Nevertheless, they are the other pieces in this collection of raven ornaments. Therefore we must assume that they are also for bird-watchers. Let's just note the fact, and silently vow never to creep up on an ornithologist unannounced.

Raven Statues Crafted from Real Animal Materials

I guess it doesn't pay to be too squeamish, when your subject matter is ravens.

But even so, my vegetarian, animal-loving sensibilities shuddered when I surveyed the collection pictured left, then investigated how Furry Wild Life figurines were formed.

It's one step short of taxidermy. In fact, I can't help thinking that it would have been a lot less hassle for the company to simply catch, shoot and stuff real ravens. Except that nobody would buy them, and business comes first.

The Furry Wild Life Animals are fundamentally stuffed like plush toys, but much sturdier than that. They don't say what with.

Their ravens are then covered with dyed chicken feathers to get that realistic look. Each feather being individually fastened into the fabric beneath. (Presumably the chickens didn't need them anymore.)

There's a warning inherent that no two Furry Wild Life raven figurines are alike. As each is individually hand-crafted, it becomes unique by default.

NFL Baltimore Ravens Desktop Statue

Tim Wolfe original sculpture, officially licenced and individually numbered. Alabaster stone and resin, hand-painted with a bronze patina finish, standing 12" tall.

Who said that raven sculptures had to be black?  Or even that they must have some mystical meaning behind their crafting?

Tim Wolfe is famous for his wildlife artistry and he was commissioned by the NFL Baltimore Ravens to make this for sports fans.  Needless to say, it's limited edition. Each piece bears its own number upon the base.

It's naturally exquisite in every detail, unless you happen to not support the Baltimore Ravens. In which case, you must surely recognize art when you see it, even as you cringe at the appropriation of such talent.

Steampunk Raven Sculpture

The Steampunk Raven

It was inevitable that the genre would yield a steampunk raven statue. I'm going to take a wild guess and say that, though not stated, this polyresin beauty was inspired by Poe's poem The Raven.

Steampunk people love Edgar Allan Poe. Don't believe me? Let me prove it. Down below is the trailer for a steampunk animation of The Raven, followed by no less than three steampunk volumes in which Poe either stars or turns up in cameo.

I've barely scratched the surface. This hand-painted steampunk raven is lifted from the world of Edgar Allan Poe. Trust me.

Trailer for the Steampunk Animation The Raven

Crowd funded via Kickstarter, this Big Flood Productions project is chugging full steam ahead. I've been unable to find a release date.

Steampunk Books Featuring Edgar Allan Poe

Put 'steampunk' and 'raven' in the same concept and it has to be Poe. I swear to you. The whole community loves him.
Steampunk: Poe

If you combined clockwork gears, parasols, and air balloons with Edgar Allan Poe, what would you get? Steampunk: Poe! This is the first collection ever of Poe stories illustrate...

View on Amazon

My Clockwork Muse (The Poe Files Mysteries)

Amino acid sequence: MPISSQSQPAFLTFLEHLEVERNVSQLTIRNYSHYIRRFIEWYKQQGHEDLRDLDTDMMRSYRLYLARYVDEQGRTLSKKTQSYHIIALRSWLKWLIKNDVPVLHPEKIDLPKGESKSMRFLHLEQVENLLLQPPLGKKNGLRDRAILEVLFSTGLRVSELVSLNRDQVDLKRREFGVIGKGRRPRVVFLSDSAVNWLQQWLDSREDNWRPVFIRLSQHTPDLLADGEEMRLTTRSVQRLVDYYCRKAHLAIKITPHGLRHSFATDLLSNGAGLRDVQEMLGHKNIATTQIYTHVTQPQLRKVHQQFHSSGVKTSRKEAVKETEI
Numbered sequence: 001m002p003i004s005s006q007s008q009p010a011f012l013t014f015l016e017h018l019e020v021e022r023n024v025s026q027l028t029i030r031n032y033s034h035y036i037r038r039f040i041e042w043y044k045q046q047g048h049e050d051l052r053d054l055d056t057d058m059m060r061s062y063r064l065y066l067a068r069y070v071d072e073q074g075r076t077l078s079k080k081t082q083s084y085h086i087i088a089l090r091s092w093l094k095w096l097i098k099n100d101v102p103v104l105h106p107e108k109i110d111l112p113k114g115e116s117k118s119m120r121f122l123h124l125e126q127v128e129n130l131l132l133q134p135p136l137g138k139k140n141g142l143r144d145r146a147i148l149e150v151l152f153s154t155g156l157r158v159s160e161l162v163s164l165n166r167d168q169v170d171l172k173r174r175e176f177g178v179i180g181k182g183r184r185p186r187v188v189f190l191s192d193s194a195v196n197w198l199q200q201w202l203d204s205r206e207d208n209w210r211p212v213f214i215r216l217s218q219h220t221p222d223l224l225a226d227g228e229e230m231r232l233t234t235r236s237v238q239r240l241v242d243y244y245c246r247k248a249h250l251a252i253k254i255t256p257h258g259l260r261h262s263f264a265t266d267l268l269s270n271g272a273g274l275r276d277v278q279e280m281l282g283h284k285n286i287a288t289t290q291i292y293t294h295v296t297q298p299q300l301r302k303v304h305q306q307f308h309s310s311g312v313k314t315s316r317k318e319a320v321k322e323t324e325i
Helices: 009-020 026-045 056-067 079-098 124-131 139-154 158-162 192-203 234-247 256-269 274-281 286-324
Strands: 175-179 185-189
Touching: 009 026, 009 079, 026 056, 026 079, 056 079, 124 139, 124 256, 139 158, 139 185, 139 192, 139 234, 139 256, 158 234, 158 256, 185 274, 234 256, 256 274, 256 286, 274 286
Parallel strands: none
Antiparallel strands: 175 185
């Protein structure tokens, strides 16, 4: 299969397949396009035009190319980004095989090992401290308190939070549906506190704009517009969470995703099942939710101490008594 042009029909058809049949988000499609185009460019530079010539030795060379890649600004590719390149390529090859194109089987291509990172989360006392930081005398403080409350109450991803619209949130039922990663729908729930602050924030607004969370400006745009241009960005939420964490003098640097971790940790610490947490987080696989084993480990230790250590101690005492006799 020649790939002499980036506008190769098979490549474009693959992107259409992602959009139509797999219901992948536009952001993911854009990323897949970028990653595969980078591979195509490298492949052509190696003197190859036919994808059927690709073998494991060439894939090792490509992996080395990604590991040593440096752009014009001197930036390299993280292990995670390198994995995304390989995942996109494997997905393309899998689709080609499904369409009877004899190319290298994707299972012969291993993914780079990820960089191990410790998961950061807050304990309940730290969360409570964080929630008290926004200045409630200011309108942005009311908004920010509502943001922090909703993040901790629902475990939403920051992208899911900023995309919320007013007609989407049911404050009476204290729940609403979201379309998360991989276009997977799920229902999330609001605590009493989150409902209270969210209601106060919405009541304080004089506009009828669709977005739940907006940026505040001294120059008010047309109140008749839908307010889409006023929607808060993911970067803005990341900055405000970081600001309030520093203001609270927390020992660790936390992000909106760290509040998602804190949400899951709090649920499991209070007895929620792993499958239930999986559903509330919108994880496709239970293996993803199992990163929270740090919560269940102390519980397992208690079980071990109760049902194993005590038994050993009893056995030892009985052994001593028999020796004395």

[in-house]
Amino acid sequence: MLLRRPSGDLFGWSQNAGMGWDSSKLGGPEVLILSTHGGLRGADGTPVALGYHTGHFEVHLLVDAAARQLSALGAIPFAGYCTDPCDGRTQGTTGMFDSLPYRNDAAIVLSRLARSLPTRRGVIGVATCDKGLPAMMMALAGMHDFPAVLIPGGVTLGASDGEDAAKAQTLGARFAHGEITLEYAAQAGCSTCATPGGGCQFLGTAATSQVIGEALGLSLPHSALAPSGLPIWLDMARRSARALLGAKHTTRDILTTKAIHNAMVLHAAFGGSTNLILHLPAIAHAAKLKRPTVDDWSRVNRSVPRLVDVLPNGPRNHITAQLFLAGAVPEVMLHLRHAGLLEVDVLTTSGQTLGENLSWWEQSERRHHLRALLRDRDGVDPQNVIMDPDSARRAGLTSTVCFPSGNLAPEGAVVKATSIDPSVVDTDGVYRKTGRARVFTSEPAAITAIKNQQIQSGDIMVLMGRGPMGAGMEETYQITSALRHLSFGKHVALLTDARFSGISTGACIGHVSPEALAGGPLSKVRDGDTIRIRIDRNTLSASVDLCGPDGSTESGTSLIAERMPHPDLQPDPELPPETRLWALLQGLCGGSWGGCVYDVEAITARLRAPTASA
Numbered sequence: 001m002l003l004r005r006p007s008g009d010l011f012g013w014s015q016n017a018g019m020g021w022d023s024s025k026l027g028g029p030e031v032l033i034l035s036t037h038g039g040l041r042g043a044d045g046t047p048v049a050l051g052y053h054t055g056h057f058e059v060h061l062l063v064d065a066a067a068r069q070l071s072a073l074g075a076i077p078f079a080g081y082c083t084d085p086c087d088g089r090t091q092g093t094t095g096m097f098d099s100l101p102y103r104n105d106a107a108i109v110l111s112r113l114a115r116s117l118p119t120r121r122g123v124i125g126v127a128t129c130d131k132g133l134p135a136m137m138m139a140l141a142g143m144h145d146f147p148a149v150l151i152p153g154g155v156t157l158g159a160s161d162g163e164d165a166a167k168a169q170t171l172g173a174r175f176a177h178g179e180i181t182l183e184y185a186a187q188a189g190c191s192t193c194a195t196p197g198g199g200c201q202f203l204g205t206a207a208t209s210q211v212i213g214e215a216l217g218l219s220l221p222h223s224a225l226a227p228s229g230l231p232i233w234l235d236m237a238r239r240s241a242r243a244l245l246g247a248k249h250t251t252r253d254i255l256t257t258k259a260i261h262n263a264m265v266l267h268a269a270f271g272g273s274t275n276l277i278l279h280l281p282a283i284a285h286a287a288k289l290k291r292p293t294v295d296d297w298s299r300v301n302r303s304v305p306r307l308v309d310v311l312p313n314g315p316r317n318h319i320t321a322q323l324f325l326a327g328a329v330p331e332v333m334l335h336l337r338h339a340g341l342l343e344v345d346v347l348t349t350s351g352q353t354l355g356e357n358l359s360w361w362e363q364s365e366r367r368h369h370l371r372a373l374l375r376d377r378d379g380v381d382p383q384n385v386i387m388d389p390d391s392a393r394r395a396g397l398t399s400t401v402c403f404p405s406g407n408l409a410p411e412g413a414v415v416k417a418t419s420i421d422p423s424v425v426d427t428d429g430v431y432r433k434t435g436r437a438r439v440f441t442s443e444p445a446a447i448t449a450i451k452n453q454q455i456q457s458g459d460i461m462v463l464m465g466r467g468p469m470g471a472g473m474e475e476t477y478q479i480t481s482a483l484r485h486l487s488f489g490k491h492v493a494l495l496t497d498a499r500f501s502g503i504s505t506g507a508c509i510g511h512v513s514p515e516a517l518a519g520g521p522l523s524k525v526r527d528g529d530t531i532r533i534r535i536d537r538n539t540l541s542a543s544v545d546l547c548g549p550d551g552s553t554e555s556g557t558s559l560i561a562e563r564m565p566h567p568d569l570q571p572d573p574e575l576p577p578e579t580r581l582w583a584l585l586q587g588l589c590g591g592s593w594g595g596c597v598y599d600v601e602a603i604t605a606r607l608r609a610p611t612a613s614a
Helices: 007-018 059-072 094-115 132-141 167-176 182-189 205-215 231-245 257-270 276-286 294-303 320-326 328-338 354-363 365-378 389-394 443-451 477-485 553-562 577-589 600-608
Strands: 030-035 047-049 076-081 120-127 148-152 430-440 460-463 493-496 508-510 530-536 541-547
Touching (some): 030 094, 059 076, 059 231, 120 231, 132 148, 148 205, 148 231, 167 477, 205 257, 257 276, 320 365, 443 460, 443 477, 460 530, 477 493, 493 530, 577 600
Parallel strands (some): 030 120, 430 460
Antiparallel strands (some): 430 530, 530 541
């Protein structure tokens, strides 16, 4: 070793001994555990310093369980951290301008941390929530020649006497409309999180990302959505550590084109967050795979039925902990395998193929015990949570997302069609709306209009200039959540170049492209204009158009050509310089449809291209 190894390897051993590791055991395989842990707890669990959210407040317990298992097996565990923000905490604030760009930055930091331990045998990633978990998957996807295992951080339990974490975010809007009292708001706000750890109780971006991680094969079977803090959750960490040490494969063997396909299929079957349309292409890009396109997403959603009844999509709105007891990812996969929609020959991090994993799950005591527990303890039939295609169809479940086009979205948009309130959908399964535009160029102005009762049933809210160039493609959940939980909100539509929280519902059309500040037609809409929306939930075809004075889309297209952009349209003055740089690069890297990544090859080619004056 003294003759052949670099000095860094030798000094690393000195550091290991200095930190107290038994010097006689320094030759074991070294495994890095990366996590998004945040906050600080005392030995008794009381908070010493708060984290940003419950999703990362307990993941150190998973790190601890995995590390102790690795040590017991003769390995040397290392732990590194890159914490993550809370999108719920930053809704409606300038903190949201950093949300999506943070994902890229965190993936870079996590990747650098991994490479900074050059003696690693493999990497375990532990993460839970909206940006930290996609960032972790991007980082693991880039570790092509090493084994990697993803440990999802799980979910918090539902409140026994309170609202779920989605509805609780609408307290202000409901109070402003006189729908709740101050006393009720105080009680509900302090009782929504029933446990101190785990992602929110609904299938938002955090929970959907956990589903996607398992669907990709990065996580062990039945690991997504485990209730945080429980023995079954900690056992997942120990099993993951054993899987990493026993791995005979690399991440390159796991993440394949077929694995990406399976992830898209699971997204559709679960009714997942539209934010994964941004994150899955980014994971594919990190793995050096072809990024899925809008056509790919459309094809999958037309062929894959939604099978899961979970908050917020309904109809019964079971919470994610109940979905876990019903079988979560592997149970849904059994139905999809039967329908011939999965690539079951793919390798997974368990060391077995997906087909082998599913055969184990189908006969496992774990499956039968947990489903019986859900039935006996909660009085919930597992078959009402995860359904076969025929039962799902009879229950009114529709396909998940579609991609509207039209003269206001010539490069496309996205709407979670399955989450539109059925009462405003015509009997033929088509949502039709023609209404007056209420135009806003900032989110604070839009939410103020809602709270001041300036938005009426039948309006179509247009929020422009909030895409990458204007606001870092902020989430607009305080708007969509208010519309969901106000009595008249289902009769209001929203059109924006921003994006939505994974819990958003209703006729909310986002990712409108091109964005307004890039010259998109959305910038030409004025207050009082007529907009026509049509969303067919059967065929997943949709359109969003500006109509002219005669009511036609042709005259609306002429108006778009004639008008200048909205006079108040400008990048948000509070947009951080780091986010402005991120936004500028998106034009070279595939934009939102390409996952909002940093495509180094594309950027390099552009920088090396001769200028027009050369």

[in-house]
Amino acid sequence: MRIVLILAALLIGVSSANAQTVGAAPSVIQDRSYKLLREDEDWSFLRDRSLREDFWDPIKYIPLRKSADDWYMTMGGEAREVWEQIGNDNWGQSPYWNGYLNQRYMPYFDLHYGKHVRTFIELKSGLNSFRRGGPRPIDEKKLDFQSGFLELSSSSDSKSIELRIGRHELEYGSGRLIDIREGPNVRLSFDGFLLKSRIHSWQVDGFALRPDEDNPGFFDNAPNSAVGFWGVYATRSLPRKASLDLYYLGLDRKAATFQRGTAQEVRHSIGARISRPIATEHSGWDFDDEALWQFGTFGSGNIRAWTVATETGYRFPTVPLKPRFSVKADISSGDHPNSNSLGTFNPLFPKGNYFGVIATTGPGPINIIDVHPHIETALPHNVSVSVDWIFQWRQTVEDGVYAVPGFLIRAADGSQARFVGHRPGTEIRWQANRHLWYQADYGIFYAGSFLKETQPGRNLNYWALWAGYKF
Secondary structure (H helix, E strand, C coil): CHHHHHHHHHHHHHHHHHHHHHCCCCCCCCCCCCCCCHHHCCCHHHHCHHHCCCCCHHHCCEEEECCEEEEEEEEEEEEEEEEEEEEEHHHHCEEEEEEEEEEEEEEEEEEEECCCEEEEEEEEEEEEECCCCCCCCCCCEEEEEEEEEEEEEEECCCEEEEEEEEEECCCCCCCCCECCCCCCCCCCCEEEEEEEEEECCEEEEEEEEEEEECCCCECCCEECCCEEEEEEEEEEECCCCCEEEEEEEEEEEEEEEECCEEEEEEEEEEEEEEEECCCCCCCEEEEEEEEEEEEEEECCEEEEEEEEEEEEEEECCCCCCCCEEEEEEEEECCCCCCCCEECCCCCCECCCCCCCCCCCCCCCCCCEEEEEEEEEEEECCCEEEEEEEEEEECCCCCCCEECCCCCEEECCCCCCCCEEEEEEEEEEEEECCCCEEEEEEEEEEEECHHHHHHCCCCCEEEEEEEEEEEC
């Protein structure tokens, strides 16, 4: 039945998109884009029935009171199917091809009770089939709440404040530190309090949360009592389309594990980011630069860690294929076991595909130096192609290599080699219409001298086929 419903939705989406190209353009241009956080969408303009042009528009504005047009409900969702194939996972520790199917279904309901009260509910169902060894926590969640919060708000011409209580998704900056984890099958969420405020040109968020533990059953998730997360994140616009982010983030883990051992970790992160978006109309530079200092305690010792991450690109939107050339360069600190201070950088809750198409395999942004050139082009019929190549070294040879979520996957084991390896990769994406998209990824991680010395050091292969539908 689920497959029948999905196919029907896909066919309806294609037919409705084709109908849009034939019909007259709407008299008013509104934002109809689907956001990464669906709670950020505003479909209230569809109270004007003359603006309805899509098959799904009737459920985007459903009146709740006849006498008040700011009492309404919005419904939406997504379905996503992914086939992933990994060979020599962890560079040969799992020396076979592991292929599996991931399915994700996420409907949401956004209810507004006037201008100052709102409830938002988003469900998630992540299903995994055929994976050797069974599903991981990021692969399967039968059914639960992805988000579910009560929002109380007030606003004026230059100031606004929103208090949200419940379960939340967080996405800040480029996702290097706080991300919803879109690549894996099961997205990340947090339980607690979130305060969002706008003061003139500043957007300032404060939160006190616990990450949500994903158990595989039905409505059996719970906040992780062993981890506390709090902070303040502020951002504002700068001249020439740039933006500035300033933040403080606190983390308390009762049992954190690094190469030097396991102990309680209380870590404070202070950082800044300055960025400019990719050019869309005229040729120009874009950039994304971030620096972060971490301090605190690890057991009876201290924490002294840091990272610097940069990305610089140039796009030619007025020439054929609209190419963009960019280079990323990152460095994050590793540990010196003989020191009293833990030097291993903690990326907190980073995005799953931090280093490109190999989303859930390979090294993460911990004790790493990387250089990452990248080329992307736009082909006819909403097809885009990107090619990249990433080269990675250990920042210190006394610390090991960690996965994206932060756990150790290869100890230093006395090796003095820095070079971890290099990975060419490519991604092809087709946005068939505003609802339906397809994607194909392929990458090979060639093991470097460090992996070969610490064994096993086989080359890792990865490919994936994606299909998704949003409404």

A sci-fi/horror/steampunk/mystery mashup. New York City, 1847: A madman is on the loose. Someone is committing murders in the manner of Edgar Allan Poe's t...

View on Amazon

The Map of Time: A Novel

Characters real and imaginary come vividly to life in this whimsical triple play of intertwined plots, in which a skeptical H. G. Wells is called upon to investigate purported i...

View on Amazon

More Articles about Ravens on Wizzley

A conspiracy of ravens is interwoven with the Morrigan mythology like a Celtic knot. But why are these birds so linked with Ireland's darkest deity?
Will Britain fall if the ravens ever leave the Tower of London? Or only the British monarchy? Superstition or not, a captive colony of common ravens live on at the Tower!
Updated: 03/16/2014, JoHarrington
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JoHarrington on 03/12/2014

Nelda - Yes! I've seen purchaser pictures where they've done just that. They really would look good like that.

JoHarrington on 03/12/2014

Ember - Awww! That playful raven sounds so cute! I'd love to see the video.

And yay! Your first ravens were really famous ones.

Nelda_Hoxie on 03/12/2014

One of these would be a wonderful part of a sophisticated Halloween display with some primitive witch dolls and forlorn pumpkins.

Ember on 03/12/2014

I actually hadn't paid attention to ravens very much, until I saw this video of a raven playing with a plastic lid on a snow covered slanted roof. It would place the lid down at the top of the slant, hop on the lid, and then sled down the roof. When it got to the bottom, it picked the lid up and took it back to the top to do it again. It was really entertaining to watch, and that's when I was like 'hey, ravens are kind of cool.' XD

The first one, and only, ravens I've seen in person are the one at the Tower of London.

JoHarrington on 03/11/2014

Oh! I meant to include that here, but it slipped my mind. Thank you for the reminder.

frankbeswick on 03/11/2014

Ravens are both beautiful and dangerous. Like all Corvids they are clever and fierce. Also note that in the flood story the first bird released by Noah was the raven. This tale reflects the mysterious status of the raven in mythologies across the world.

JoHarrington on 03/11/2014

I've always thought that ravens were beautiful, until I was at the Tower of London trying to get a picture of one. Then it occurred to me that they're also extremely big and dangerous. :D

So yes, I had the opposite journey to yourself.

Are you going to put your pictures online somewhere? Or upload them into Zazzle?

Mira on 03/11/2014

One winter I photographed lots of ravens and crows on wires. There was snow everywhere, and those birds in the gray sky. Then I spotted a dead raven in the snow. Its feathers looked so amazing in contrast to the white and texture of the snow. It was then that the bird first appeared to me beautiful. I think we've been conditioned to associate black with darker things and death, but there is black in nature, just as there is white and other colors.

JoHarrington on 03/11/2014

They really are gorgeous, aren't they? I have my eye on so many!

younghopes on 03/11/2014

Just Perfect Jo, i have never ever seen such statues before, looks great